# Optimal sampling strategy for VQE

In VQE we wish to minimize some cost function $$F(\vec{x})$$ that is dependent on a quantum state $$\left| \psi_\vec{x} \right>$$ which is prepared by a unitary $$U(\vec{x})$$ depending on some (typically real) parameters $$\vec{x} \in \mathbb{R}^n$$. A typical example for the cost function is the energy expectation value of some hamiltonian, i.e. $$F(\vec{x}) = \left< \psi_\vec{x} \right|H \left|\psi_\vec{x} \right>$$. Usually I can't measure my cost function directly, but only learn about it by making more and more measurements. For optimization I need some accuracy to decide in which direction to take the next optimization step, but I don't want to take arbitrarily many samples before moving on, since each sample means preparing $$\psi_\vec{x}$$ and measuring its energy w.r.t $$H$$.

Is there any research done, on what are optimal (in the sense of minimizing the number of calls to my quantum computer) sampling strategies for this kind of problem? Or what should I search for? "optimizing functions from samples" doesn't get me anywhere.

Cheers, Jan Lukas

## 1 Answer

This is an interesting question. I was looking into optimize the number of samples needed in VQE as well.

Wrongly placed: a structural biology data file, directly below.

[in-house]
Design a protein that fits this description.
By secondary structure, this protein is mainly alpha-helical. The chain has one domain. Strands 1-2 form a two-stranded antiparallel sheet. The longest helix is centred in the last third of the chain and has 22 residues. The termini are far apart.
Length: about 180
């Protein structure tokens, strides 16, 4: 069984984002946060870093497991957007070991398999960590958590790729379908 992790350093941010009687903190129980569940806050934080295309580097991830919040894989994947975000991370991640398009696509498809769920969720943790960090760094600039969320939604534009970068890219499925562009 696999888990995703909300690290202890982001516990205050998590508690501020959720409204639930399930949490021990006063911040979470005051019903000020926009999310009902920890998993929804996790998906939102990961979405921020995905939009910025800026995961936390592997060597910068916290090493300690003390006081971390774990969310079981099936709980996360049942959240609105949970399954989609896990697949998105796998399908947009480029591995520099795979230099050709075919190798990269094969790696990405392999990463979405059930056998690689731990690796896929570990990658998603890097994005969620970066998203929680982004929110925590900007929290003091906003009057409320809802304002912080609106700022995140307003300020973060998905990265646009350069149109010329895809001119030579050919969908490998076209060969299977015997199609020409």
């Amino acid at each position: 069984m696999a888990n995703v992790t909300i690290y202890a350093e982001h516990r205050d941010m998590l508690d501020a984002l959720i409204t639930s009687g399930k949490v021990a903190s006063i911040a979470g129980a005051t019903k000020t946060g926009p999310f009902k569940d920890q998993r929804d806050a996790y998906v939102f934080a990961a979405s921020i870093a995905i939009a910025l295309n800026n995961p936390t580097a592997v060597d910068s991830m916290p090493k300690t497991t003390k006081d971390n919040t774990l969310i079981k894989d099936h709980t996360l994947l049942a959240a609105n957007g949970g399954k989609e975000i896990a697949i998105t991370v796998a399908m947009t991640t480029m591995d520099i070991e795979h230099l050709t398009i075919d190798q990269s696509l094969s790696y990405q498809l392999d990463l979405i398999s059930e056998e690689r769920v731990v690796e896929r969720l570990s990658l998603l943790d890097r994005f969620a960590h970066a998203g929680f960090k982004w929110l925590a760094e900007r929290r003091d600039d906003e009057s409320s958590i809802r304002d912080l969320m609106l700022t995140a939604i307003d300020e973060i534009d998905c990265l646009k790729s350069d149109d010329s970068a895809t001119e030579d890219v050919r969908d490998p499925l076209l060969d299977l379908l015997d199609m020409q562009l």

We know that that the number of samples in VQE to get accuracy error of $$\epsilon$$ scales as $$O(1/\epsilon^2)$$. To be more precise, if

$$H = \sum_{i=1}^N h_i P_i$$

where $$P_i$$ represent the pauli string then $$\langle H \rangle = \sum_{i=1}^N h_i \langle P_i \rangle$$ by linearity and $$Var[H] = \sum_{i=1}^N h_i^2 \langle \Delta P_i^2 \rangle \ \ \ \textrm{where} \ \ \ \langle \Delta P_i^2 \rangle = \langle P_i^2 - \langle P_i\rangle^2 \rangle$$ So the error of $$\langle H \rangle$$ after taking $$S$$ samples is $$\epsilon^2 = \dfrac{Var[H]}{S} \leq \dfrac{N h}{S} \ \ \ \textrm{where} \ h = max\{|h_1|^2, |h_2|^2, \cdots, |h_N|^2 \}$$

So this is a problem since to get a chemical accuracy, especially for large system, we would probably need hundred of thousands of samples. Which give us a big overhead.

After looking around, I found this paper: Accelerated Variational Quantum Eigensolver

It claims to have up-to-exponential reduction on the number of samples required.

Maybe you already know about this but I thought to put this here anyway.